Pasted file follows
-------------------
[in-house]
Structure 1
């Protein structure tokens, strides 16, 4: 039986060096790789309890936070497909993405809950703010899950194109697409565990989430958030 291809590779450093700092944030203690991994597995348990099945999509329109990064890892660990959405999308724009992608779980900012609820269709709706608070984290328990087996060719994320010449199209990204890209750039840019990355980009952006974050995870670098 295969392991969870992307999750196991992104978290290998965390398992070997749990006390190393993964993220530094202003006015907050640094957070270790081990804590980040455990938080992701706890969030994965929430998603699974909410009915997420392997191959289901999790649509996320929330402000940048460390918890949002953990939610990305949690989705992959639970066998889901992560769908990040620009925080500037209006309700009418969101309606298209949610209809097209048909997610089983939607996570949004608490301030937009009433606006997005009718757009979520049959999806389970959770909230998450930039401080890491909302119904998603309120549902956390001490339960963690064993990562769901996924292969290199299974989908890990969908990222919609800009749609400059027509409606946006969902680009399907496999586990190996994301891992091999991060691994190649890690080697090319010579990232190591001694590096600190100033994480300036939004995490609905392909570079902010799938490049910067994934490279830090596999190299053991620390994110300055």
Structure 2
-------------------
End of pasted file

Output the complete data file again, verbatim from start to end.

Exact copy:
[in-house]
Structure 1
């Protein structure tokens, strides 16, 4: 039986060096790789309890936070497909993405809950703010899950194109697409565990989430958030 291809590779450093700092944030203690991994597995348990099945999509329109990064890892660990959405999308724009992608779980900012609820269709709706608070984290328990087996060719994320010449199209990204890209750039840019990355980009952006974050995870670098 295969392991969870992307999750196991992104978290290998965390398992070997749990006390190393993964993220530094202003006015907050640094957070270790081990804590980040455990938080992701706890969030994965929430998603699974909410009915997420392997191959289901999790649509996320929330402000940048460390918890949002953990939610990305949690989705992959639970066998889901992560769908990040620009925080500037209006309700009418969101309606298209949610209809097209048909997610089983939607996570949004608490301030937009009433606006997005009718757009979520049959999806389970959770909230998450930039401080890491909302119904998603309120549902956390001490339960963690064993990562769901996924292969290199299974989908890990969908990222919609800009749609400059027509409606946006969902680009399907496999586990190996994301891992091999991060691994190649890690080697090319010579990232190591001694590096600190100033994480300036939004995490609905392909570079902010799938490049910067994934490279830090596999190299053991620390994110300055």
Structure 2